Cheers to you, brewmeister
June 17, 2008 · Updated 2:28 PM
Silver City’s beers applauded with four more North American Beer Awards, brewmeister Big Daddy Don Spencer reveals the wisdom.
By most accounts, Silver City brewmeister Don Spencer has got a dream job.
He makes beer, tastes beer and gets his on-the-job inspiration from visits to multiple breweries throughout the year. He pairs beer with food, pairs beer with desserts and creates original concoctions like Basilsner Beer — a pilsner with the essence of basil — and the Whoop Pass double IPA — “the boldest, hoppiest, biggest mother of a brew we have ever created,” they say.
Not too mention, Spencer wins awards for his beer.
Sound like a dream job to you?
“I guess ... if you like beer,” Spencer said, sitting down with What’s Up over a glass of hefewiezen last week, talking about Silver City’s latest round of North American Beer Awards.
The North American Brewers Association doled out the annual bragging rights at the beginning of this month.
For the Silver City Brewery, Big Daddy’s ESB brought home the gold for Extra Special Bitters, while the Winterbock and Fat Woody Ale each garnered a silver in traditional bock and wood-aged beer, respectively. Silver City’s Copper Mountain Bock took bronze in the Marzen/Oktoberfest category.
Not bad for a fairly small brew pub in Silverdale.
What’s more is the company these NABA medals will be joining on the Silver City wall of fame, which greets patrons when they come into the restaurant. Feast on the awards while waiting for a table in the lobby: three from 2007, four from 2006, five each from 2005 and 2004 — and that’s NABA awards alone. Those medals are joined by a few golds and silvers from past Great American Beer Festivals and a silver medal for the Fat Scotch Ale from the prestigious World Beer Cup in 2006.
“When you first start out in a brewery, you’re just trying to learn as much as you can and hope that one day, you can maybe hang out with these guys and not be too nervous to talk to them,” Spencer said in reference the highly respected brewers who turn out for these festivals. “Then after a while, it’s almost like you are one of those guys ... and then it’s like, I want to beat these guys.”
While criticism from judges can be constructive, each medal is also another notch for bragging rights in the friendly competition of brewing contests, Spencer said, noting the size of his grin this year when Big Daddy’s ESB beat out brewing kingpins like Alaskan Amber.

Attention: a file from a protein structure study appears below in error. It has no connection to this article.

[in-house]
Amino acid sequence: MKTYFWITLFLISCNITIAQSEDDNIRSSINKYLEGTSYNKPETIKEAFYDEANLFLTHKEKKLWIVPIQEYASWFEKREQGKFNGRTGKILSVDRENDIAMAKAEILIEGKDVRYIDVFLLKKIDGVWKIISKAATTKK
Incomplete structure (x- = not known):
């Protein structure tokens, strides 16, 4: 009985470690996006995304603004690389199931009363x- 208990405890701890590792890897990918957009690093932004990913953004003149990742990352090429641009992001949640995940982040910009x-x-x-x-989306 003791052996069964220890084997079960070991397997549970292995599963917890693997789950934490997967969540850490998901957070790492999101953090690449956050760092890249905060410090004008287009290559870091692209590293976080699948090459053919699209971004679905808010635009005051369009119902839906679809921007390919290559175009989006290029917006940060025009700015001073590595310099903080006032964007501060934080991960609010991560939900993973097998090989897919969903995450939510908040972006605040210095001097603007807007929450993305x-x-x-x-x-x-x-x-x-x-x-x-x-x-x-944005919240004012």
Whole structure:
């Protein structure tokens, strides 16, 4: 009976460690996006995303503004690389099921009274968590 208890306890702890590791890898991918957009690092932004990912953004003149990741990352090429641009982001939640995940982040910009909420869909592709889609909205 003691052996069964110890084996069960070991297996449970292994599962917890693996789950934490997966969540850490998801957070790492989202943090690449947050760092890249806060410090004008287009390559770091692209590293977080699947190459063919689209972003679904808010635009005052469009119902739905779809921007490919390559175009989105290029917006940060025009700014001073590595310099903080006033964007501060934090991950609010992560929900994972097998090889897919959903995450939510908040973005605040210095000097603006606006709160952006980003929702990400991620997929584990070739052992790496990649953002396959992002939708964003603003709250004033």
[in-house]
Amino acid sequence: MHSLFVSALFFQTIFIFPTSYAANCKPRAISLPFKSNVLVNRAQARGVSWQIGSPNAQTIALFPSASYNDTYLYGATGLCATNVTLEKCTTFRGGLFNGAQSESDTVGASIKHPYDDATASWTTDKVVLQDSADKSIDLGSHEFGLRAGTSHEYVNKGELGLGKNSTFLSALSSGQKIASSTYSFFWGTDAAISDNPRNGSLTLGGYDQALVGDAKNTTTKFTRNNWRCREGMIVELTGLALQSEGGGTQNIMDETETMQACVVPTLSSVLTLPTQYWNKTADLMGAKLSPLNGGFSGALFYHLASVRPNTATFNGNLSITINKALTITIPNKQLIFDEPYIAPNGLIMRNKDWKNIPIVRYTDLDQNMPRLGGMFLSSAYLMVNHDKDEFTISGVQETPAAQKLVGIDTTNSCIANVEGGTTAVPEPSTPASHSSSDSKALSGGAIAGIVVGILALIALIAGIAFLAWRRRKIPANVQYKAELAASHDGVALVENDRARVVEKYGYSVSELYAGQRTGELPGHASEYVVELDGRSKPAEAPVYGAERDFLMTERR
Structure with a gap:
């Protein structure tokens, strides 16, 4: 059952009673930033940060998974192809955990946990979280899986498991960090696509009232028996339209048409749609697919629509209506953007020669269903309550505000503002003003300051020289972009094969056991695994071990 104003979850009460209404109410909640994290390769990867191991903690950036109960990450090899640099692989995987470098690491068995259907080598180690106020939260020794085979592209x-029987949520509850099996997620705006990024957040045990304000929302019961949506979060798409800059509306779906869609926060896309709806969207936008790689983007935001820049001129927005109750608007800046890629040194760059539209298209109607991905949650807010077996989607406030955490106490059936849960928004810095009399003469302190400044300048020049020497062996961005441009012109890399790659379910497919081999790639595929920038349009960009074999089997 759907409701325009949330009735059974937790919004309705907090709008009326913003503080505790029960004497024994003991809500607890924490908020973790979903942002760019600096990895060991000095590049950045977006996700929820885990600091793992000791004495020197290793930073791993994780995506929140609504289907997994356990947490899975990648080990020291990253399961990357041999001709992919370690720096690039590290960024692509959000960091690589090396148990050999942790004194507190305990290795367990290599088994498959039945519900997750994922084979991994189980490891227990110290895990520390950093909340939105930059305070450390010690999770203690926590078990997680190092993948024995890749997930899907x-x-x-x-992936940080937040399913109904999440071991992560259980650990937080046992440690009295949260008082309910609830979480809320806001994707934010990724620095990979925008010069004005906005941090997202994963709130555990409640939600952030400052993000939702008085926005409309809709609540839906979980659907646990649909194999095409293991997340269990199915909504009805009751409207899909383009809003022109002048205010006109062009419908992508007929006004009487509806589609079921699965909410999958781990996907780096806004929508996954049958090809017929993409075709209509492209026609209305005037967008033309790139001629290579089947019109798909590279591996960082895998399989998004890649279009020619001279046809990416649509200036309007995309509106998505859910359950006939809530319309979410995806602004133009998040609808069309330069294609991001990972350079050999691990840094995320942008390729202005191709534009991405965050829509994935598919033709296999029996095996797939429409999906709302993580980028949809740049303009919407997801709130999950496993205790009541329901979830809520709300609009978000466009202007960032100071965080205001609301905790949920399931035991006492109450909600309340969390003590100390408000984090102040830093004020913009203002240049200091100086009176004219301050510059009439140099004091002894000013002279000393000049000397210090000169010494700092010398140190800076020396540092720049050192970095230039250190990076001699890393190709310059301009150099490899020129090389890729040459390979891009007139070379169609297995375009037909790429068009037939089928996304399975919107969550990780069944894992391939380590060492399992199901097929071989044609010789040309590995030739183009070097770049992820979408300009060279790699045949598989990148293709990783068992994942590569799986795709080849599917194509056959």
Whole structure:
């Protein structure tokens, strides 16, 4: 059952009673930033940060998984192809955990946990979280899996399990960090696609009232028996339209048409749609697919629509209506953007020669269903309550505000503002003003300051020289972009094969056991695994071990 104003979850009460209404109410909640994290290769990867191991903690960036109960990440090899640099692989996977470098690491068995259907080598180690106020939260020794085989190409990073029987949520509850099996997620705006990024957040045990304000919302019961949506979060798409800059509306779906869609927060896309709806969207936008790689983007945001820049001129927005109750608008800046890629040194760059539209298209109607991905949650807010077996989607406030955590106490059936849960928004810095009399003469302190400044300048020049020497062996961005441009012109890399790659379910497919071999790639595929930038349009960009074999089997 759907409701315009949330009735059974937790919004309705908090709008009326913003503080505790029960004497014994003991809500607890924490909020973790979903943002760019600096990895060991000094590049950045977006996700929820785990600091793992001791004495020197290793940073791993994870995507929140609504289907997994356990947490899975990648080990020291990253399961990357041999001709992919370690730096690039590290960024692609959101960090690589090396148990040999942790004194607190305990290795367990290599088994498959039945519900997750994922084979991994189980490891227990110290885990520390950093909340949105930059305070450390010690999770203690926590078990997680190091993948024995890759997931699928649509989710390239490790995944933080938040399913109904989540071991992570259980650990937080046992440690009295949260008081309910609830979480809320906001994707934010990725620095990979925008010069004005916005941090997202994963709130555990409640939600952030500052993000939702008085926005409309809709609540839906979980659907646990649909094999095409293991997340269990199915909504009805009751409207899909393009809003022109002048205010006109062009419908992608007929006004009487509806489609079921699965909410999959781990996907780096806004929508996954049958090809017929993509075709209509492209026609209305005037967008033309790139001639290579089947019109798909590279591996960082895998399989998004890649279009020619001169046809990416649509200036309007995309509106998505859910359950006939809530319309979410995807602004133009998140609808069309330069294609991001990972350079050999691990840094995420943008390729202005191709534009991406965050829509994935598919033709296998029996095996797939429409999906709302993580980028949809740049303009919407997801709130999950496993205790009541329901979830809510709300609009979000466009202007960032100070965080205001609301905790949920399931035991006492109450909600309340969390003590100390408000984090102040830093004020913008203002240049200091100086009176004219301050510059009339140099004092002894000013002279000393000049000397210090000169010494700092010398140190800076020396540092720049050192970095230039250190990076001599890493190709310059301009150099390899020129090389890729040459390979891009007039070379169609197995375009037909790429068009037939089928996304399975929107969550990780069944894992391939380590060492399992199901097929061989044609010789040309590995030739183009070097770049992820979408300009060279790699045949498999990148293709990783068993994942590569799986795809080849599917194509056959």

Big Daddy is Spencer’s well-deserved monicker earned one brew at a time.
It’s a nickname he picked up while working at the now-defunct Thomas Kemper Brewery outside of Poulsbo in the early 1990s. But that’s not where his brewing career began.
Spencer remembers back to malting his own barley and home-brewing “on the sly” when he was a teenager, growing up on a farm in Poulsbo. His father was a home brewer, which is how Spencer was introduced to the brewing process, helping out with root beers and ginger ales on the farm.
Later in life, that training would pay off in his beer budget while also paving the way for a career in beer making.
“I remember being a young man and not having enough money to buy good beer,” Spencer said. “I had high taste, but I didn’t have the budget for it.”
So he started home brewing.
He went professional at Thomas Kemper in 1992, which was under the auspice of Pyramid Breweries at the time, and then onto to the brewmeister post at Silver City in 1995. Now he manages a staff of five and he’s got his own beers on tap at his house.
Each member on the Silver City Brewery staff is skilled in almost every aspect of the brewing process. They work in a medium-sized brewery, visible from inside the pub at Silver City. It’s a lot of hard work, Spencer noted, a lot of cleaning and drudging and repetition.
Each year throughout the spring and summer months they are diligently readying and aging brews for festivals and competitions, aiming for the beer to be at its peak when it hits the judges’ taste buds.
The North American Beer Awards are just the beginning of the festival season, Spencer said, looking forward to the World Cup and Great American Beer Festival and, of course, Oktoberfest.
“Meanwhile, you’re trying to make brew for a restaurant,” he added.
And in the midst of all of that, Spencer still finds time to visit breweries across the nation and even internationally, to keep the creative juices flowing.
He’s headed to Germany later this month for brewery tours, while, already this year, he’s been to the New Belgium brewery in Colorado, Stone Brewing and The Lost Abbey brewery in California.
While most of the operations at those breweries are on a much bigger scale than the brew pub at Silver City, nothing spells inspiration for a brewmeister like a fresh beer, right off the brewery floor.
“You’re tasting the beer the way the brewer meant for it to taste,” Spencer said.
That’s what you’ll get on tap at Silver City.